... deep shadows sweeping and chasing over the wide prairie. Northwards the view is limited by a low range of bluffs, destitute of tree or foliage, but covered thickly with the summer growth of bunch-grass. Southward, three miles away at least, though it seems much less, a similar range, pierced here and there with deep ravines, frames the picture on that side. Midway between the two ridges and fringed with clumps of cottonwood and willow, a languid ...
— Foes in Ambush • Charles King

... land: 0% permanent crops: 0% permanent pastures: 0% forests and woodland: 0% other: 100% (largely covered by permanent ice and snow with some sparse vegetation consisting of grass, moss, and lichen) ...
— The 1999 CIA Factbook • United States. Central Intelligence Agency.

... distance from where he had spent the night, he found a broad, shining river stealing into the land. With eager fingers he stripped himself and plunged in, diving again and again below the surface, swimming with long, lazy strokes backwards and forwards. Afterwards he lay down in the warm, dry grass, dressed himself slowly, and went on his way. The wind, which had increased now since the early morning, came thundering across the level land, bending the tops of the few scattered trees, sending the sails of the windmills spinning, bringing on its bosom now stronger ...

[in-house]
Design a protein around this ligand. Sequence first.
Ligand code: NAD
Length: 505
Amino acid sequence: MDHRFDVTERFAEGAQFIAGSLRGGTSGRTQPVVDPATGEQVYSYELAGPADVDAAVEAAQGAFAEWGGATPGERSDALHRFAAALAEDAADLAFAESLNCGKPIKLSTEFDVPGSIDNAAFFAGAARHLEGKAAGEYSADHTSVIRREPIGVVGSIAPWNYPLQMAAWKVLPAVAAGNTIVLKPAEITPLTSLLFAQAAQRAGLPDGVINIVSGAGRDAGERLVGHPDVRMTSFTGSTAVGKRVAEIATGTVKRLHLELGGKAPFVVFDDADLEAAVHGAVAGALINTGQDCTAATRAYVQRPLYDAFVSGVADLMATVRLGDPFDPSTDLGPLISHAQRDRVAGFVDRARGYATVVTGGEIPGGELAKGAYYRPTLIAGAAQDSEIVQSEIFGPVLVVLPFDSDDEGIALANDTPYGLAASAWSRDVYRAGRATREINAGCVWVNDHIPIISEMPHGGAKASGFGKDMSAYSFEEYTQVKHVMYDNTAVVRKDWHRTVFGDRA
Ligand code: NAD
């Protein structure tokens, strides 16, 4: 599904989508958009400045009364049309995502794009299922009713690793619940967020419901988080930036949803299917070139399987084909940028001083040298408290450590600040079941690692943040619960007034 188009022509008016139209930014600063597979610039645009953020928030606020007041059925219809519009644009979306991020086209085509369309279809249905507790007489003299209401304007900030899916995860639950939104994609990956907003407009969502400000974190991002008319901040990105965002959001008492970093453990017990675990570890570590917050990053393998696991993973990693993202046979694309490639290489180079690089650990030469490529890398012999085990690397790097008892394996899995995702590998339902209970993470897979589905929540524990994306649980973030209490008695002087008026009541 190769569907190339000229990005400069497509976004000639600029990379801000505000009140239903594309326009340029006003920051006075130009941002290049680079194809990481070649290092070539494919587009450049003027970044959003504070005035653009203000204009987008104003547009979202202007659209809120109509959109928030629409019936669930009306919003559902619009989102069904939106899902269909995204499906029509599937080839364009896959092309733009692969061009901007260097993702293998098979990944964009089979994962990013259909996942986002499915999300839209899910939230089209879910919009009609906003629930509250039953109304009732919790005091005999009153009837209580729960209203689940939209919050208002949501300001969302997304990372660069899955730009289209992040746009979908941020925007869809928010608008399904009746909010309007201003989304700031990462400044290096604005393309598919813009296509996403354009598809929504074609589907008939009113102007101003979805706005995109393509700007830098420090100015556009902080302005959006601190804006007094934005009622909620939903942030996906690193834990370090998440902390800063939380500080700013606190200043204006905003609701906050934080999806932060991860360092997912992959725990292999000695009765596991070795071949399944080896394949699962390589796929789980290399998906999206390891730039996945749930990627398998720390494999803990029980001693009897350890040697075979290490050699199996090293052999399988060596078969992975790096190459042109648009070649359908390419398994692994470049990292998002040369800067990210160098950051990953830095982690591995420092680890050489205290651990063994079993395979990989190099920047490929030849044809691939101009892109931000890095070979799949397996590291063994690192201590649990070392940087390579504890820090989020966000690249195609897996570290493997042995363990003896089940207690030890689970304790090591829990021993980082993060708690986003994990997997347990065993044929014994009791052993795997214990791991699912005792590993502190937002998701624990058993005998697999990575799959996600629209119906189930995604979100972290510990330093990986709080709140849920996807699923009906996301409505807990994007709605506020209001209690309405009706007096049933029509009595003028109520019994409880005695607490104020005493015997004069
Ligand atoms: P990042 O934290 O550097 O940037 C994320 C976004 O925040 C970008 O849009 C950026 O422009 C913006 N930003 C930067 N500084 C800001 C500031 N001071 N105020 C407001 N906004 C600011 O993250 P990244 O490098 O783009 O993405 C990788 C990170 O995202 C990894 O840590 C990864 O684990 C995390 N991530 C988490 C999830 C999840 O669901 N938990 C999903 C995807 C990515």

— The Tempting of Tavernake • E. Phillips Oppenheim

... the grass with a sort of gobbling cry. I thought it the prelude to a fit of some sort, and was stepping towards him, when he rose to his feet, waved me off and hurried away ...
— At a Winter's Fire • Bernard Edward J. Capes

... braw thanks to the Laird o' Glen Brodie, The grass owre their graffs is now bonnie and green, He sta' the proud heart of our wanton young lady, And spoil'd a' the charm o' her twa ...
— The Modern Scottish Minstrel, Volumes I-VI. - The Songs of Scotland of the Past Half Century • Various